Australian financial institutions continue to face allegations of supporting terror attacks undertaken in Asia Pacific regions.
The Commonwealth is investigating Australia in the wake of funding of terror activities conducted in Asian nations from time to time. Federal Justice Minister Michael Keenan confirmed the news, saying that the regulator will look into the matter to examine if Australians are involved in funding terrorist groups that plot and implement terror attacks throughout the Asia Pacific region.
The counter-terrorism summit was conducted in the presence of the Australian justice minister and Attorney-General George Brandis in Bali on Wednesday. The meet was attended by representatives from over 20 nations. The summit heard that card holders with stored values are prone to financial attacks in the region. The meet questioned not only the security of Aussie banks but also their loyalty towards customers.
At the hearing, the Syria-Iraq conflict was also discussed. It also heard how Islamic State terror has increased financing risks in Australia. The funds entering Australia to influence radicalized citizens to plan and implement attacks has been found as a significant issue these days.
Keenan said that a coordinated approach is required in the nation to tackle the issue and cut the cash flow to terror groups. “Very small amounts of money can do a lot of damage, and we know that from bitter experience in Indonesia where small amounts of money financed the Bali bombings, for example,” Keenan said as quoted by the ABC.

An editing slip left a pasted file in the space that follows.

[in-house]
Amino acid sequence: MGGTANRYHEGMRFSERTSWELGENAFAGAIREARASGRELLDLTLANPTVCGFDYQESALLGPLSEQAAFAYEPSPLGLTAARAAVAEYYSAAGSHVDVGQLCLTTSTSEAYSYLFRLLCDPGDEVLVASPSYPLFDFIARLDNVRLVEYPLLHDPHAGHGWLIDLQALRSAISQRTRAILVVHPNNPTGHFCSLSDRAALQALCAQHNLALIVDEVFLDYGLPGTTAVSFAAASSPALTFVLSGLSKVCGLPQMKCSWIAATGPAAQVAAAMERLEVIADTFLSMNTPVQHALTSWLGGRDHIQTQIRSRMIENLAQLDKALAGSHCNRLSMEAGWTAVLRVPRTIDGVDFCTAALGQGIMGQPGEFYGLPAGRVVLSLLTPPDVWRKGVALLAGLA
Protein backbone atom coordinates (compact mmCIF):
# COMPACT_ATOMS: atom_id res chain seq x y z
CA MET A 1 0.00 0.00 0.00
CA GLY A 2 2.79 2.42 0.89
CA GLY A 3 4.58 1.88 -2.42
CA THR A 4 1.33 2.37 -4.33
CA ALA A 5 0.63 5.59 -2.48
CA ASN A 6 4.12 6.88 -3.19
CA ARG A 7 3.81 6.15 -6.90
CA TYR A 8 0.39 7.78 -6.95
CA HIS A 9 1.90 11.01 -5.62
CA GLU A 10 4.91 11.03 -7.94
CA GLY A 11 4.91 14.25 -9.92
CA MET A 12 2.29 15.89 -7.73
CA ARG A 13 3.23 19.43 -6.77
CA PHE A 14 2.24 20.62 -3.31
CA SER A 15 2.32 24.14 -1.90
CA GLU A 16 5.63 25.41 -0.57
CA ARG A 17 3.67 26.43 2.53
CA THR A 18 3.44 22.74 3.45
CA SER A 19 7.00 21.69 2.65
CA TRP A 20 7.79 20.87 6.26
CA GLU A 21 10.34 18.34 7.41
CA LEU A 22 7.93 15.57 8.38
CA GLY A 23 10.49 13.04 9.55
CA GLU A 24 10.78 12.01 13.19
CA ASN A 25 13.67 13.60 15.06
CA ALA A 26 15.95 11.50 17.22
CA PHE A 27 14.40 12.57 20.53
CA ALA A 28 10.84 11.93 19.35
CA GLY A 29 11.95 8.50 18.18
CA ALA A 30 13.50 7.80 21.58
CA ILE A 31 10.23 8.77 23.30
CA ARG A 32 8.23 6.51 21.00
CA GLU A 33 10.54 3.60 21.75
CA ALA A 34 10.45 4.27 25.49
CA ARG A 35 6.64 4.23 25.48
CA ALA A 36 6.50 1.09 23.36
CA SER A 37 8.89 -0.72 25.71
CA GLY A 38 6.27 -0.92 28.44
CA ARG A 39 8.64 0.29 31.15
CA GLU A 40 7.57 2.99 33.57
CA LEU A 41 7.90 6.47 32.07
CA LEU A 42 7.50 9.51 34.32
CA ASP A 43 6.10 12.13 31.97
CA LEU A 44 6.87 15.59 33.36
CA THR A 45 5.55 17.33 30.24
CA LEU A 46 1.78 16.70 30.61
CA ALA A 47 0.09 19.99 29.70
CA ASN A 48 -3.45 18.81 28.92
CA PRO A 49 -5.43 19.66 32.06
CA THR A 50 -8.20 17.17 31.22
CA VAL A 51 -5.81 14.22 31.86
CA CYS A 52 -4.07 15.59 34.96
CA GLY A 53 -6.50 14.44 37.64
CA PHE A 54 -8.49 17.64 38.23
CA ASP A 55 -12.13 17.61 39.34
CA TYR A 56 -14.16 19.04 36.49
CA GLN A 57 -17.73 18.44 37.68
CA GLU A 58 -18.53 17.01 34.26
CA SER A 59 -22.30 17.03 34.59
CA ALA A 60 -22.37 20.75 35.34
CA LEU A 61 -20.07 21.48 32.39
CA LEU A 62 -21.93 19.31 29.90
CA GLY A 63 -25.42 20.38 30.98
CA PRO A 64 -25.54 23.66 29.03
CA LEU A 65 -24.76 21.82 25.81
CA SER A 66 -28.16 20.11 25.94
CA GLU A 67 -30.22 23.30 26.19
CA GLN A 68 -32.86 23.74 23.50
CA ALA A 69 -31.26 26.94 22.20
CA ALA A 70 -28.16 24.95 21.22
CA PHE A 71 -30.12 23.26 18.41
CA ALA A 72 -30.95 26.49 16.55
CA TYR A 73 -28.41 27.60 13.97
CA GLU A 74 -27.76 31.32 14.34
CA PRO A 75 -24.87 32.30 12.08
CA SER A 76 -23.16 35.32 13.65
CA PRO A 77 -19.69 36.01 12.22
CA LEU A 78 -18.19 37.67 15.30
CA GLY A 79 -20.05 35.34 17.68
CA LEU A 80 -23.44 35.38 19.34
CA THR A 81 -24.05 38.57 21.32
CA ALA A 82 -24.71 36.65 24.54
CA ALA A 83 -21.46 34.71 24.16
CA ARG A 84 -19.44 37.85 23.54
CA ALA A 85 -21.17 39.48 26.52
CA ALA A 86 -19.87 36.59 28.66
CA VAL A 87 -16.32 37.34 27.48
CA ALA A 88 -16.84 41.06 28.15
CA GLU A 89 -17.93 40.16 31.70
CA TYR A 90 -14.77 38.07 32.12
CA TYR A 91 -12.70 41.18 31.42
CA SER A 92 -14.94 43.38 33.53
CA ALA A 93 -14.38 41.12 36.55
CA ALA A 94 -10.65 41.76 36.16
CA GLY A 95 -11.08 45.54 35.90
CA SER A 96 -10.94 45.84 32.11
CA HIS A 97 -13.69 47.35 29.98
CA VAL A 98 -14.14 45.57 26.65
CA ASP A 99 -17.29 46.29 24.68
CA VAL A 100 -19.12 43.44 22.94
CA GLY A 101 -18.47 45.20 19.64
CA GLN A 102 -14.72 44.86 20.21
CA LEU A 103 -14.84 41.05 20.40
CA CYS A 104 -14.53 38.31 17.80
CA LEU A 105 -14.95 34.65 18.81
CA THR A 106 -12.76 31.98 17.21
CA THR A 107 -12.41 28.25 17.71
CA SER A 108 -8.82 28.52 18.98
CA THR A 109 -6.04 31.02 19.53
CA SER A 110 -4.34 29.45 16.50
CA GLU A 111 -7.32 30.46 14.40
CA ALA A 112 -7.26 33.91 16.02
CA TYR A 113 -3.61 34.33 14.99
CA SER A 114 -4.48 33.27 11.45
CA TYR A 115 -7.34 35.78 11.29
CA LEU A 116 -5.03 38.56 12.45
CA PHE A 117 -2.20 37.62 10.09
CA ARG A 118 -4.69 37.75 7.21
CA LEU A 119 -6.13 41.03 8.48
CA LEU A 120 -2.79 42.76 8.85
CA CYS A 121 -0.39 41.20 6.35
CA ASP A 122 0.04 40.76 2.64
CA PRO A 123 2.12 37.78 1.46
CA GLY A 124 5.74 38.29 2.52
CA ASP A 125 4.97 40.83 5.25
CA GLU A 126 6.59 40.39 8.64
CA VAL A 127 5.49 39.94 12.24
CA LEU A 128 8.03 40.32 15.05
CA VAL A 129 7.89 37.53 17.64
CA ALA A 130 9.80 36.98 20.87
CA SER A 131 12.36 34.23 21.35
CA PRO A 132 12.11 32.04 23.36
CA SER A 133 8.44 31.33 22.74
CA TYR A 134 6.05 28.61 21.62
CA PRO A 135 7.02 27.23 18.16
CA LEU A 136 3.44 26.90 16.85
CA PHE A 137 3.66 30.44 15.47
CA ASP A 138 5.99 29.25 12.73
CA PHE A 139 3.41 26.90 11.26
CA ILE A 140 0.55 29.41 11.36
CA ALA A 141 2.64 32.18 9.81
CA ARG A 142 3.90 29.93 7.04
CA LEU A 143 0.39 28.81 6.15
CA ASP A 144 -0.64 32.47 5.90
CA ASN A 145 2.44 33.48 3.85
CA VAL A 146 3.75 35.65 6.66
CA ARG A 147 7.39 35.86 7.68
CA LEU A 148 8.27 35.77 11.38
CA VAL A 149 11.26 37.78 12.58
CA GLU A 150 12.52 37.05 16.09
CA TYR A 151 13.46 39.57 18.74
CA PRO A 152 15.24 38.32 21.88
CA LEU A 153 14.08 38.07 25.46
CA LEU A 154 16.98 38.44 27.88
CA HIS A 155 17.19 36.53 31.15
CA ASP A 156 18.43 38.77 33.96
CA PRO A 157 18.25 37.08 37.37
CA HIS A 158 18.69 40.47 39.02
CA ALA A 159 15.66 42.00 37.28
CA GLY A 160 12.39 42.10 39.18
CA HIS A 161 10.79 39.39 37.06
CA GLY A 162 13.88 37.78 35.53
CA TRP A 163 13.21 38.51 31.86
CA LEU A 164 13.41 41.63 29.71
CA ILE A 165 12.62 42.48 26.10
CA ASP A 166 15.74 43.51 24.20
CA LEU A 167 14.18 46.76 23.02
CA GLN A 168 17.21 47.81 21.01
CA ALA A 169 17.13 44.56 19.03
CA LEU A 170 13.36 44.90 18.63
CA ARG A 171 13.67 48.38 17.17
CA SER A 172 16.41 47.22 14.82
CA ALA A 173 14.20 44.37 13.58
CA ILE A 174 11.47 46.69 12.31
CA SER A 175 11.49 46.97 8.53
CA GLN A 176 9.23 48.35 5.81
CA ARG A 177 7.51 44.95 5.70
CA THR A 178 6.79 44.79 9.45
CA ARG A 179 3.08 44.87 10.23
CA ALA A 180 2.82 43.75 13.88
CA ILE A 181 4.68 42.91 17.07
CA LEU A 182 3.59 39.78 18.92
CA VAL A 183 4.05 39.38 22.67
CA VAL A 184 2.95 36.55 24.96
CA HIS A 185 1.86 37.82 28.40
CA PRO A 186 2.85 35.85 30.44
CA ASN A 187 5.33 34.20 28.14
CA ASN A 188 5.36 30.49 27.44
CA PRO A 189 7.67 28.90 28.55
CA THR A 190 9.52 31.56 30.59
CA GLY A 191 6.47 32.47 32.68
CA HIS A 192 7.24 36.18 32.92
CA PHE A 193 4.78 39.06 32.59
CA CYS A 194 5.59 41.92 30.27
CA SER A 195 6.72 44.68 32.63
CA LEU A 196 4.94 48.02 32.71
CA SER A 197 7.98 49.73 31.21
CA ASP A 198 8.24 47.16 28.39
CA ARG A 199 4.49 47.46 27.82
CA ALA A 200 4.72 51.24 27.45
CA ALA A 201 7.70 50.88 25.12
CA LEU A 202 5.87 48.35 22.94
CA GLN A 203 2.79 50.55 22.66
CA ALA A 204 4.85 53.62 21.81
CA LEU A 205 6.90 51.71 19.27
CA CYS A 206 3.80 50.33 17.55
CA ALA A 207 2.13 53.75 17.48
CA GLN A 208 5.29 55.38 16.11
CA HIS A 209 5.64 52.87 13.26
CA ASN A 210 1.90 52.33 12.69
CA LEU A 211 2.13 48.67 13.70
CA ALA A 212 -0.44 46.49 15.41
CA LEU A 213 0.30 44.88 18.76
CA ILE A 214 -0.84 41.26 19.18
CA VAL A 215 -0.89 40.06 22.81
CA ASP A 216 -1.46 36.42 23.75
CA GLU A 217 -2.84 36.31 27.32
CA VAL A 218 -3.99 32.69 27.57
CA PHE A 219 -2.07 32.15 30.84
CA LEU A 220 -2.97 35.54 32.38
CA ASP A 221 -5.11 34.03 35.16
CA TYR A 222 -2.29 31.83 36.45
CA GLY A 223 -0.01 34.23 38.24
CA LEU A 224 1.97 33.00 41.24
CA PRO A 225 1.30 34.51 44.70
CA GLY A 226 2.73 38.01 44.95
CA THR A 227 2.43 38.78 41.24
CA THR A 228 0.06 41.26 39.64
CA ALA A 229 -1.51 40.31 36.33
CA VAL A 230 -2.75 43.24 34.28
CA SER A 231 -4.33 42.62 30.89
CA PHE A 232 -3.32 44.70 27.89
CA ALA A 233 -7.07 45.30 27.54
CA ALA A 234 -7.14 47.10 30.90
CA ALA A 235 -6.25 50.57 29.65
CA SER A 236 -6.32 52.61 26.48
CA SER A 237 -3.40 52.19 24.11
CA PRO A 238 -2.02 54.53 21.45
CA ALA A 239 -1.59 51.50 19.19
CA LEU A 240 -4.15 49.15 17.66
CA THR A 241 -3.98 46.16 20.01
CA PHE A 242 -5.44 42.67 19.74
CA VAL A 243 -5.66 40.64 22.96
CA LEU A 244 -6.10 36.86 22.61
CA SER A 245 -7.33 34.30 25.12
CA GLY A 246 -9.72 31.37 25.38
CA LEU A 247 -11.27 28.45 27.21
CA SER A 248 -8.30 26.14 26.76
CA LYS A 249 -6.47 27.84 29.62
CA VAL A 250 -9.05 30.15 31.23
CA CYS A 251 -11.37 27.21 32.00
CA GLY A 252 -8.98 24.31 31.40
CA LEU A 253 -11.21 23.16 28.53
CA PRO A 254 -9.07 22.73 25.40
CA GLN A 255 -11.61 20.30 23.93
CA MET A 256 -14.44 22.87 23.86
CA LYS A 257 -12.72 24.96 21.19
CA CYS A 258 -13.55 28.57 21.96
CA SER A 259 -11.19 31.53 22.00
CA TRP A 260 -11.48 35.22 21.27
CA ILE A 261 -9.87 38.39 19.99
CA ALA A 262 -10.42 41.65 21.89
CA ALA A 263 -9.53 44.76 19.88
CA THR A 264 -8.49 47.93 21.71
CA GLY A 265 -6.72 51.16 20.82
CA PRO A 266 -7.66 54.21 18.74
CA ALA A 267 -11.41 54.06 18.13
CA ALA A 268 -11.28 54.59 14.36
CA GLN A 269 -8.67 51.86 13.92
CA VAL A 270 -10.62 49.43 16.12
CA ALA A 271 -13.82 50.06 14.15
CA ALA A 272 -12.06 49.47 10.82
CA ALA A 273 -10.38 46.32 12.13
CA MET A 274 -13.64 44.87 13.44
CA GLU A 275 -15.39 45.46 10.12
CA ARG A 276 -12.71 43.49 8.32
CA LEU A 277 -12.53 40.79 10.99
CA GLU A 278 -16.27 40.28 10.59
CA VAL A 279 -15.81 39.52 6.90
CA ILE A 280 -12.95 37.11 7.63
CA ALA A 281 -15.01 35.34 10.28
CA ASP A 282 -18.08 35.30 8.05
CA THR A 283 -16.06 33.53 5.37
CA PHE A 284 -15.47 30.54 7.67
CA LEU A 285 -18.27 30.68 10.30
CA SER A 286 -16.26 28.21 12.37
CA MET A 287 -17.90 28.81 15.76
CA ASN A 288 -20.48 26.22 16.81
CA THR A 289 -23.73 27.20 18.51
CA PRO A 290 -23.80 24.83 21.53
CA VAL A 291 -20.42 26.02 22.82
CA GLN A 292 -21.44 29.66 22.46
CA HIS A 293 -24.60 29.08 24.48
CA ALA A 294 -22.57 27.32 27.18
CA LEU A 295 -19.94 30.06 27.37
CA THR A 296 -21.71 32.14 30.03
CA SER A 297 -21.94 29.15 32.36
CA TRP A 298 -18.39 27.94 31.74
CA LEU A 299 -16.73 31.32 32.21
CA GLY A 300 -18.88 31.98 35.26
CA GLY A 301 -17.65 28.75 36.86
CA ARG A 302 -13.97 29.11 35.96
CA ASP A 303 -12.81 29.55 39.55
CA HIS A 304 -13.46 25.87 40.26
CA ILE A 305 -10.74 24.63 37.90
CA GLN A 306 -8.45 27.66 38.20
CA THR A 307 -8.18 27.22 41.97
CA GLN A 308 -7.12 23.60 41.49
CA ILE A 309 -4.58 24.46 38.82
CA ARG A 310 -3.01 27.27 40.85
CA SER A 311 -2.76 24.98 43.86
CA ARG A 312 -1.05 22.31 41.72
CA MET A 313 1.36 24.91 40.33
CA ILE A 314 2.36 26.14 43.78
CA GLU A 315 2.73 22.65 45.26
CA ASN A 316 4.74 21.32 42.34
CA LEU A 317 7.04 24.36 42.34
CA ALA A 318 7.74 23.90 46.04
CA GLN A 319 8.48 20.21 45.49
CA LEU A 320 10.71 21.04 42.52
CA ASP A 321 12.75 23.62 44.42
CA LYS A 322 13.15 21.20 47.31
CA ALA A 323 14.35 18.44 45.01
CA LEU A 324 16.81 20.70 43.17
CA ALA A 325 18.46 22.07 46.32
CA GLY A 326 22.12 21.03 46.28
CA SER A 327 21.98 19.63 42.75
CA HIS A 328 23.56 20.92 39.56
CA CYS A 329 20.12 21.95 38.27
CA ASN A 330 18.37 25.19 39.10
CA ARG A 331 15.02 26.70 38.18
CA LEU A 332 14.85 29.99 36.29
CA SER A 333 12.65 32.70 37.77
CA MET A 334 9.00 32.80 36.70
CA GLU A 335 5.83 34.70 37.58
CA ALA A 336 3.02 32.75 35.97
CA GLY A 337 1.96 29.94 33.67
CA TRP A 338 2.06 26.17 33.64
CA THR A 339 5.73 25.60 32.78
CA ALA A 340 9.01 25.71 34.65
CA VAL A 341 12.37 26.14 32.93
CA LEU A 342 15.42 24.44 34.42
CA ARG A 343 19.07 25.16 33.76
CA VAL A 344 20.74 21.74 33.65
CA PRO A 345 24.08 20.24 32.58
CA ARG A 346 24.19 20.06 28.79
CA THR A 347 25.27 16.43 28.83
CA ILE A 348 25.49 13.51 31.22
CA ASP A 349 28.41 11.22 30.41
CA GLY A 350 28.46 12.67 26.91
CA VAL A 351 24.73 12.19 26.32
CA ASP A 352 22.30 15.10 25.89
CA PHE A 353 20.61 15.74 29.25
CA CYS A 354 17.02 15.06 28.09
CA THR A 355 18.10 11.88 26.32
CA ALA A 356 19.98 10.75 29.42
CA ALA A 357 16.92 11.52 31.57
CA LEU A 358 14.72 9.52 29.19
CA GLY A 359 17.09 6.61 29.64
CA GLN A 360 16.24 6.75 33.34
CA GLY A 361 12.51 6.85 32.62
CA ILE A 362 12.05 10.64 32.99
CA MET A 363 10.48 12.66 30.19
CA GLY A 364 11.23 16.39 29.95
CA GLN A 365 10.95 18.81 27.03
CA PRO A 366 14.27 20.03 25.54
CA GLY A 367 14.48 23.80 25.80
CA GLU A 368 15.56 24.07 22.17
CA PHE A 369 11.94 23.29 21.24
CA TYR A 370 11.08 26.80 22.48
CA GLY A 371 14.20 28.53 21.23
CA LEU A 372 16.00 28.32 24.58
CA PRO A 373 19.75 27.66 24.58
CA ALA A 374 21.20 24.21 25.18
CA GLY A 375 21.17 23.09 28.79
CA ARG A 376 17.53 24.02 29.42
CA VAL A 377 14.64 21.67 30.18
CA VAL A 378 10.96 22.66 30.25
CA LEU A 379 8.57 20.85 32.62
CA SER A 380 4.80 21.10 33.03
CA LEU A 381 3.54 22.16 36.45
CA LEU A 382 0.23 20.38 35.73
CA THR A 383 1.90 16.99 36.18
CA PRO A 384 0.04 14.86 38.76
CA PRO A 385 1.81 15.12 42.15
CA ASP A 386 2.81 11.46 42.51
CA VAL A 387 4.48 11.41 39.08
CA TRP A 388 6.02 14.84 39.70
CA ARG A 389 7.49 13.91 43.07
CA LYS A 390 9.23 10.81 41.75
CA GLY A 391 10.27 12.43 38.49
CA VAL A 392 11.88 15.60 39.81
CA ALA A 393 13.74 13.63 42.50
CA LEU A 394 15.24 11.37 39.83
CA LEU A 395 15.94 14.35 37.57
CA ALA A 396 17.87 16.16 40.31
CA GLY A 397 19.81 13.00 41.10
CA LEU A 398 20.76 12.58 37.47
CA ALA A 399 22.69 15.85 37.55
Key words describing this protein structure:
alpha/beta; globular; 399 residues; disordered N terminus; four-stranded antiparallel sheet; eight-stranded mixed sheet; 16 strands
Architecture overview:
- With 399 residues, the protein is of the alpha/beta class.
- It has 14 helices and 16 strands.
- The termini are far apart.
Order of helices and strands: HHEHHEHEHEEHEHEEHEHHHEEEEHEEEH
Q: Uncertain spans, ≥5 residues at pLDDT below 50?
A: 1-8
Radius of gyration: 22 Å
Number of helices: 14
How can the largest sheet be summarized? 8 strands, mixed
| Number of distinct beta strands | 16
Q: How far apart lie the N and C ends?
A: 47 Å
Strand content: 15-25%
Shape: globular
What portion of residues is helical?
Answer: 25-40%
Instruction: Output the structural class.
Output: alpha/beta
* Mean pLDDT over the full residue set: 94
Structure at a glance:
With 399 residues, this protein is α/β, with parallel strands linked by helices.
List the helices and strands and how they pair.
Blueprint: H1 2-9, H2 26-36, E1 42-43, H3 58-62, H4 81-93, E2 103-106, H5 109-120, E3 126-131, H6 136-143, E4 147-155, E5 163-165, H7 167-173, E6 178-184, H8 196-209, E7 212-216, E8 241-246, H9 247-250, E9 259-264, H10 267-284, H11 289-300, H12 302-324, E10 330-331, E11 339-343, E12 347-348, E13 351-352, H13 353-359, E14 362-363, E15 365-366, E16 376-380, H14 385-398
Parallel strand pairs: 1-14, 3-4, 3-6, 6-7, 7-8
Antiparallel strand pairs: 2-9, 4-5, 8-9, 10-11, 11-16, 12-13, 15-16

“Small amounts of money can do an enormous amount of damage, and we’ve got to be very vigilant to make sure that funds are not flowing out of Australia, but we are vigilant to ensure that that is the case.”
Aussie financial intelligence unit AUSTRAC CEO Paul Jevtovic said that the cash flow figure remains undetermined. He said he wished the figures were known so that it could be discovered how much the groups conducting the terror attacks receive. He added, however, that unknown figures did not mean they couldn’t prevent the authorities from learning about the cash flow and “identifying the methods that terrorism can be funded” so that it could be stopped.